The board will consider the pros and cons of charging between $0.50 and $2 per day for bus service, said Olson. The lower rate would cost parents about $90 a year, the higher rate $360 a year.

“We have discussed for years the potential of having to charge a bus fee,” said Comstock.

Added Olson, “There are lots of question marks about how you do it,” which is why the board wants to discuss it with the community.

Instituting a charge for busing would help cover the rising costs of gas, said Olson; it also would help the district hire another bus driver, which it needs to do in order to maintain the bus runs it currently has.

Another option is to collapse or reduce the number of bus runs, said Olson. However, the district's bus drivers are reporting more ridership as more parents themselves grapple with fuel costs and take advantage of the bus services.

“That's the rub,” said Olson.

He added that the district can't do both options at once – collapsing runs while charging for services.

Comstock said several years ago the district instituted an athletic transportation fee, which helped it buy vans for transporting student athletes to games. There was no outcry over that measure, he added.

While the bus fees could help address more immediate concerns, the proposal to increase developer fees would be done with an eye to needed district upgrades and improvements, said Olson.

Developer fees, which were put in place many years ago, help address the impact on area schools that result from construction, he said. A fee is charged based on the square footage of a new home or commercial building.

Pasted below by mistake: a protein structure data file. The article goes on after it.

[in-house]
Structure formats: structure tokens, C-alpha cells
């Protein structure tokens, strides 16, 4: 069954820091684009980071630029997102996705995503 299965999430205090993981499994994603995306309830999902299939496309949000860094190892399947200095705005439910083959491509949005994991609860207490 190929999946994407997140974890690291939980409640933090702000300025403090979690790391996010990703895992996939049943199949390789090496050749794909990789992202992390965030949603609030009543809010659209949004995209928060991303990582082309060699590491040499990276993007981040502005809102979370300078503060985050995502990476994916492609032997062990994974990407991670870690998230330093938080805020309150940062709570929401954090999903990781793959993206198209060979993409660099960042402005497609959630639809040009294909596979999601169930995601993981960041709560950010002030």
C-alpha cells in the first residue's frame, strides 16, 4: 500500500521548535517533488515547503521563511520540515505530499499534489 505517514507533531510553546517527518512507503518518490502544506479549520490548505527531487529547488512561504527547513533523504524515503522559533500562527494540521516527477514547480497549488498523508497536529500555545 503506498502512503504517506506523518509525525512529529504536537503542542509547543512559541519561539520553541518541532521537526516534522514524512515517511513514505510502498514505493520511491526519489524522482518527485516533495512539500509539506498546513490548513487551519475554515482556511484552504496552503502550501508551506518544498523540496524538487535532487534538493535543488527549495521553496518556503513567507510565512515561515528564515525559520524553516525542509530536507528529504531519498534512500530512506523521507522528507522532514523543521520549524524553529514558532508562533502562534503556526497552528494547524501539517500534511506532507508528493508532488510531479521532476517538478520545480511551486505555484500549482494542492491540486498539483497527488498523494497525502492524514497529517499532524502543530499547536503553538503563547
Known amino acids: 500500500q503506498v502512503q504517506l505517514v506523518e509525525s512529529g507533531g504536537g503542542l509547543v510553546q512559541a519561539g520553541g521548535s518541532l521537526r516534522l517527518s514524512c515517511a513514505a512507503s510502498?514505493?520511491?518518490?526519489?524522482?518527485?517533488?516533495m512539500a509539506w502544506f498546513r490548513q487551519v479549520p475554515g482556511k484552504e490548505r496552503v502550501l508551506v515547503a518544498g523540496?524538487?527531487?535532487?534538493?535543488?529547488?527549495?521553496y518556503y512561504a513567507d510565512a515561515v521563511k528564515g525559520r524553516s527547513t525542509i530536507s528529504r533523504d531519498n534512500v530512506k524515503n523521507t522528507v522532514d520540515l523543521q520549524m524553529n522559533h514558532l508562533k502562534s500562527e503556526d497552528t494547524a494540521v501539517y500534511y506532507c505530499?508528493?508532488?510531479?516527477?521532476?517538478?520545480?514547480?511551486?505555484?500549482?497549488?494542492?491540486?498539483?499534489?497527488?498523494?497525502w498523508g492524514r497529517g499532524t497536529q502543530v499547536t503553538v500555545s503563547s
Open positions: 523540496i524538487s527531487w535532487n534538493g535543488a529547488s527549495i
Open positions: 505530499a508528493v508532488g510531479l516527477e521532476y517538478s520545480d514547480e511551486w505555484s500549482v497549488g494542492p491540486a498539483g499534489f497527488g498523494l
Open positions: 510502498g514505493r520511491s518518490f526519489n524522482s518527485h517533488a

Every other year, the state issues a new fee amount districts can seek, said Olson. In January the State Allocation Board adjusted the fees to $2.97 for residential development and $0.47 for commercial development.

Middletown Unified last adjusted its developer fees two years ago, he said, based on a developer fee justification study. The current rate is $2.63 for residential development and $0.42 for commercial development.

The developer fees, he explained, can only be used for school building and construction – not for any other purpose, like meeting budget shortfalls in other areas.

While current district enrollment “is very flat,” Olson said there are improvements the district needs to make for its student levels now.

The district's schools employ a lot of portable buildings, he said. “We're looking to improve our facilities and make them more up-to-date so we can eliminate some of the portables eventually.”

Accepting new fees will allow the district to keep up with inflation, said Olson.

“We haven't had much protest in the prior years when we've had this,” he said, adding that it's unlikely the district can do anything else but raise the fees.

However, he said the district is mindful that builders might not welcome the change, which is why they're being careful to notify the community to give everyone an opportunity to comment.

The meeting will be held at 7 p.m. at the Middletown Multi-Use building, on Wardlaw Street. The district office can be reached at 987-4100, or visit them online at

E-mail Elizabeth Larson at This email address is being protected from spambots. You need JavaScript enabled to view it..